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Parent's Review of International School Bergen in Bergen, Norway

What is the name of your child's school? (Please report on one school per survey.)

International School Bergen

In what town or city is this school located?

Bergen

How would you describe this school? (i.e. American, British, International, Local, etc.)

International

What grade levels are represented at this school?

Preschool to Grade 10

How do most children get to school everyday? (bus, train, walk, etc.)

Bus, car, walk

How would you describe the facilities at this school? What extra-curricular activities are available?

very poor

What has this school done to help your child transition from the curriculum in your home country into the curriculum in your new country? Are there programs to prepare your child for repatriation?

The school is a local school and caters to locals. They have very little experience with expat children

How would you describe the social activities available for parents through this school? Are there parent-teacher organizations?

There is PTO but its activites are limited

What advice would you give to someone considering enrolling their child in this school?

I would think twice before enrolling my child the buildings are old and unkempt and the curriculm is not up to international standards

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Comments about this Report

guest
Apr 13, 2012 04:12

I would completely agree with this report. There is very limited extra-curricular activities. On the web page they mention some activities but these are ones that they have had in the past and are not regular. It is an English School for Norwegian children and thus the students are not challenged. The curriculum is about 2 years behind a curriculum from any English speaking country (i.e., US, Canada, Australia, UK). There are not enough text books in the MYP program for all the children in the class and the PYP program does not believe in math workbooks so most of the children's math homework is from the internet. They do not use a structured literacy program, such as Jolly Phonics, Letterland, etc, but combine them - even those these programs have been developed by professionals in the field. They also do not have a structured numeracy curriculum in the PYP. Most of the teachers have very little international experience. The school leadership is very poor. Unfortunately, it is the only International School in Bergen, and hence the school does not strive for excellence because there is no other option. Many families who would like their children to have a good education are extremely frustrated with the school's attitude and look for other options. Those options being relocating, local schools, or boarding schools.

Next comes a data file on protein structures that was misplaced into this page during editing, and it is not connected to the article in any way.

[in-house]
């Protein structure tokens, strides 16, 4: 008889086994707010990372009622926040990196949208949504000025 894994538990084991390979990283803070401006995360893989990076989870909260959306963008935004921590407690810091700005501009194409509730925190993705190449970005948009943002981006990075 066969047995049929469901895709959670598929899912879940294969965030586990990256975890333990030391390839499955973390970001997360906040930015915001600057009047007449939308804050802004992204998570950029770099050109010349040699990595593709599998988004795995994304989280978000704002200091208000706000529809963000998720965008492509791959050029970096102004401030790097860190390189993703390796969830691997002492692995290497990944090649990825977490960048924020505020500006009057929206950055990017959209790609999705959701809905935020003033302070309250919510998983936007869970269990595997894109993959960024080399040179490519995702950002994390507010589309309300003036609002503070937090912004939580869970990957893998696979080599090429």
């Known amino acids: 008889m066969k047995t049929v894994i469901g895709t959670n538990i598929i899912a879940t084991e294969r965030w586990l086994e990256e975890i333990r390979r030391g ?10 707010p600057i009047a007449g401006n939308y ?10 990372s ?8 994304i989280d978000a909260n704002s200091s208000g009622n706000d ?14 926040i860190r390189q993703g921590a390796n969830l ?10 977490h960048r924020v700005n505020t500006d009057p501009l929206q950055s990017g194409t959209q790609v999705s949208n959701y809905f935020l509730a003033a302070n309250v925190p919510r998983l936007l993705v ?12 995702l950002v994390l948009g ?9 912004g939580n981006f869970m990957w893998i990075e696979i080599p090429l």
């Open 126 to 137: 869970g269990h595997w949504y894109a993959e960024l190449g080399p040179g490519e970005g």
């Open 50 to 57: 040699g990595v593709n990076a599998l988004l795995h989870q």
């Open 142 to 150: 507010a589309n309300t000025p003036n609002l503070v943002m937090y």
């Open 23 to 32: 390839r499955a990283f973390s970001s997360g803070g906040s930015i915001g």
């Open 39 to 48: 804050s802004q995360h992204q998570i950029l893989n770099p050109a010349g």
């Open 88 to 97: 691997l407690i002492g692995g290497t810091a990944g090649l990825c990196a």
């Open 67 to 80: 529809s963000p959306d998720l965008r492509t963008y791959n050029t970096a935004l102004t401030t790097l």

guest
Aug 30, 2012 17:12

I have yet to hear a good thing said about this school. It is pretty costly to send your children here so why is it not possible to complain about things or to make sure the children are pushed? I am very worried about sending my children here but have no other choice. They are very young but they have come from a brilliant school in the uk. I would hate to see them get behind.... Can someone eradicate my fears??

guest
Feb 22, 2014 02:44